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April 28, 2011

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The Incredible 5-Point Scale and Narrative Elements

The Incredible 5-Point Scale book

April is Autism Awareness Month, and I wanted to highlight one of my favorite tools that I employ with students with autism spectrum and related disorders: The Incredible 5-Point Scale by Kari Dunn Baron and Mitzi Curtis. The 5-Point Scale is a tool designed to help students understand the confusing, emotional and language-heavy range of human behaviors by boiling it all down to a scale of 1-5. The approach is very versatile and can be applied to many situations and target behaviors, such as emotional state, voice volume or scales to help students grade their responses to everyday occurrences such as a “Participation Scale” within the classroom...

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March 17, 2011

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The Zimmer Twins and Stepping Up Narrative Complexity!

I am going to open this post with a language sample obtained from a fifth grade student in 2006, an attempt to retell an episode of the series Full House.

And um something that happened was when this girl named Michelle and this guy Jesse, it was Michelle’s birthday. And Jesse and Michelle got stuck in a gas station and she missed her party.
And um they were there all day, but then finally it opened the next- no it opened a lot later. So um they went back to the house and they had their party and she got an elephant and she got to ride it and all her friends and she got, she felt better. And that’s it...

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March 02, 2011

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Dinosaurs, Narrative, and Flexible Thinking

Dinosaurs, Narrative, and Flexible Thinking

I always love finding resources that serve as a context for addressing many speech and language-related skills. The wonderful book Edwina — The Dinosaur Who Didn’t Know She was Extinct by Mo Willems is one of those resources; it can be used to target narrative and expository formulation, as well as social thinking skills in several areas.

To begin with, Edwina is a story that will engage and delight children from early to late elementary ages, beginning with its title and the name of the main character, Reginald Von Hoobie-Doobie. Reginald has a problem...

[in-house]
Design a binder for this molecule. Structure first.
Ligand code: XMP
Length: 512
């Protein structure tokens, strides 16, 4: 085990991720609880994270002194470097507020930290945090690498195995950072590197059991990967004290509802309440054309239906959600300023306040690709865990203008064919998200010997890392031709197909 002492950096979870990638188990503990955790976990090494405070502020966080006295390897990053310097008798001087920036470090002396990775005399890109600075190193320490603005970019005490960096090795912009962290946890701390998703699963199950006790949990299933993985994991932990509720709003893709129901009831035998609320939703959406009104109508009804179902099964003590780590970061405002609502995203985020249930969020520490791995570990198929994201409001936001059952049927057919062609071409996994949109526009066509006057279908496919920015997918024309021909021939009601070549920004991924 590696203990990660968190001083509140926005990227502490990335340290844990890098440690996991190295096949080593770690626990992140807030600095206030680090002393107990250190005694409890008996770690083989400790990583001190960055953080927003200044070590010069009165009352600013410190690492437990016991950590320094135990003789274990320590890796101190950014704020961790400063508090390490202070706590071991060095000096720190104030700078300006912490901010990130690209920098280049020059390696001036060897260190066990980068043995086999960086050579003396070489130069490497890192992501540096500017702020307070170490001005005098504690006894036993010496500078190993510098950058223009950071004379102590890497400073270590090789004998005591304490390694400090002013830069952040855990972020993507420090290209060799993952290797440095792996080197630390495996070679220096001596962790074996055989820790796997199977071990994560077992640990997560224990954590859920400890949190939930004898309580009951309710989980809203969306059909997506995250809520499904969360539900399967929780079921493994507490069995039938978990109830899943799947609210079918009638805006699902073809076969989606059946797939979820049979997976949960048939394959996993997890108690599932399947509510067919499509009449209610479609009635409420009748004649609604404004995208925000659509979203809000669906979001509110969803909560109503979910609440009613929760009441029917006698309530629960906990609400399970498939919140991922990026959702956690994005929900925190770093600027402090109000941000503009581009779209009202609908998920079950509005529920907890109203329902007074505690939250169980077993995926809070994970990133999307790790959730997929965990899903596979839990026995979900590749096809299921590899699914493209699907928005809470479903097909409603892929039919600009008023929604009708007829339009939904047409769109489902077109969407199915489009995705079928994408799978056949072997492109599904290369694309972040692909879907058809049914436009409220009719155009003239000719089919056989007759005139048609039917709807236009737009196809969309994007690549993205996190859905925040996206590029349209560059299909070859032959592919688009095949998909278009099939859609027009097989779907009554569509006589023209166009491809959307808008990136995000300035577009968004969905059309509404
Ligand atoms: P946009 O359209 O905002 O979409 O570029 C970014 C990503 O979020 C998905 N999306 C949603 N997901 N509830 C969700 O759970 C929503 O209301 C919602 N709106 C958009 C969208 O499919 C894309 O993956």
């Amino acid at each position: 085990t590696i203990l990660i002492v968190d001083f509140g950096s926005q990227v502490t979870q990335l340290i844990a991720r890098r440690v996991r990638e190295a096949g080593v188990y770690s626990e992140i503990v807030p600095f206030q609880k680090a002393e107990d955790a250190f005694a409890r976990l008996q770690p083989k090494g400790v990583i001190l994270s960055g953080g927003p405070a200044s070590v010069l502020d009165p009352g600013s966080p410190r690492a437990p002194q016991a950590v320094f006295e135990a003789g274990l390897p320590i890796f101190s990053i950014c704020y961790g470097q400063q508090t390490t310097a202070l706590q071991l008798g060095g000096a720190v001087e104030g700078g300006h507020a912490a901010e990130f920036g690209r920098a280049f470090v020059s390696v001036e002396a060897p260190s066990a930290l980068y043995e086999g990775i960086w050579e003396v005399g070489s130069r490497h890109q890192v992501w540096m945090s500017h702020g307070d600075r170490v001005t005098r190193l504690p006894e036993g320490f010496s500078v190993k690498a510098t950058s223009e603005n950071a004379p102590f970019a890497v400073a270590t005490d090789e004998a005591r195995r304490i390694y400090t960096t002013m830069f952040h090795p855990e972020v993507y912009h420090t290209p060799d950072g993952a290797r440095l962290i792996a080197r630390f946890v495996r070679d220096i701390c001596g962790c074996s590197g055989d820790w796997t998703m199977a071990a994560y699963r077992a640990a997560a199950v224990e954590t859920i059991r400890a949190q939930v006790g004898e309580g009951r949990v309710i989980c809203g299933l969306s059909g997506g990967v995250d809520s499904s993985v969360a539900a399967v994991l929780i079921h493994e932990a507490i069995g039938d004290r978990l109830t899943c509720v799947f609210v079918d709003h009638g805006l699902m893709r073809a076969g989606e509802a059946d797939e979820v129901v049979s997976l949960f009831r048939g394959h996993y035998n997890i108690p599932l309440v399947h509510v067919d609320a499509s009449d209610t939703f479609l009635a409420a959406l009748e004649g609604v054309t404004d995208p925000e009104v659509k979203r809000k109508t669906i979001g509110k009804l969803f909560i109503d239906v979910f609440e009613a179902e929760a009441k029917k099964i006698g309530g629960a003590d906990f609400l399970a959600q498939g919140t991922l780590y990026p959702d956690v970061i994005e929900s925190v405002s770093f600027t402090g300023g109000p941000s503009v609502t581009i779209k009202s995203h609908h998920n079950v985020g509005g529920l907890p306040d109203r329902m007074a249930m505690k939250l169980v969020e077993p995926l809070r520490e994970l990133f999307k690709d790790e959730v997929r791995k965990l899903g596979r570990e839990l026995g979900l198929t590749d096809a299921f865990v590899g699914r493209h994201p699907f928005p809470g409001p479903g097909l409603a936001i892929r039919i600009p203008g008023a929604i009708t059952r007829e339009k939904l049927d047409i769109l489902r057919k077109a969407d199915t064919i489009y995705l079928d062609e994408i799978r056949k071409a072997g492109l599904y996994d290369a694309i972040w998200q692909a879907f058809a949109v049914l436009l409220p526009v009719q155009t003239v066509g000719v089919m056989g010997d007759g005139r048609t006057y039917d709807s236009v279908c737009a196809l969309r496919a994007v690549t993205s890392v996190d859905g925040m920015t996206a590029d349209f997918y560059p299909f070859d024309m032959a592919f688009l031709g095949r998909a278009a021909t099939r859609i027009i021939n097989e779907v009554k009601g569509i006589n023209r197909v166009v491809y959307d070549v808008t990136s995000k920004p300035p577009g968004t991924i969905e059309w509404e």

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January 31, 2011

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Interactive, Visual Resources to Complement Feelings Instruction (Internal Responses)

It's All About the Story CoverAs stated so well in It’s All About The Story, Book I of MindWing’s Autism Collection, “Tuning into one’s own Feelings as well as the Feelings of Others is extremely problematic to children with autism. The book provides visual flip charts, discussion prompts and an introduction to the Six Universal Feelings (happy, sad, mad, scared, surprised and disgusted), as well as ways to move beyond those Universal categories to more advanced feelings vocabulary—all of these resources give SLPs a great place to start...

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January 12, 2011

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Kick-Off the Kick-Off

In some recent posts I have described some visual and interactive activities to complement the instruction in It’s All About the Story establishing the concepts of character and setting. In keeping with the sequence of lessons in Mindwing’s Autism Collection, I’d like to move on to a few ways technology can help you introduce the Initiating Event or “Kick-Off “ of a narrative. As the lessons describe, you can discuss how in a particular setting, something happens to characters to “change the ‘Ho-Hum’ day” and start the story! An additional language strategy is to teach the words and phrases that signal a Kick-Off: suddenly, just then, etc. Taking a step beyond the visuals in the lessons, you can teach your students to apply the concept of the Kick-off using a few fun interactive technology resources...

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December 16, 2010

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Is Maryellen Actually “Maryellen Who?”

How the Grinch Stole Christmas!Theodor Seuss Geisel, better known to the world as Dr. Seuss, was born in 1904 on Howard Street in Springfield, Massachusetts – which is right around the corner from MindWing’s office. The Dr. Seuss National Memorial Sculpture Garden is located at the Springfield Museums near our office as well. The influence of Ted’s (Dr. Seuss’) memories of Springfield can be seen throughout his work.

In keeping with the spirit of the holiday season, we wanted to share a lesson idea from MindWing’s book: East Meets West for the Holidays by Maryellen Rooney Moreau and Judy K. Montgomery. This lesson is based on one of Dr. Seuss’ most beloved holiday stories: How the Grinch Stole Christmas.

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December 08, 2010

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Gingerbread Characters and Settings

Gingerbread

Using the holidays as a context for language interventions can be tough, as it’s important to be inclusive of all cultures and celebrations. From a technology perspective, there just aren’t many great interactive resources about the Festival of Lights (anyone want to make some)? Gingerbread, however, while associated loosely with Christmas, is probably fair game in the public school setting!

Now, while websites with excessive, distracting ads are often something I rule out as a potential therapy resource, sometimes sites that are actually a giant, yet somehow unobtrusive ad can be great...

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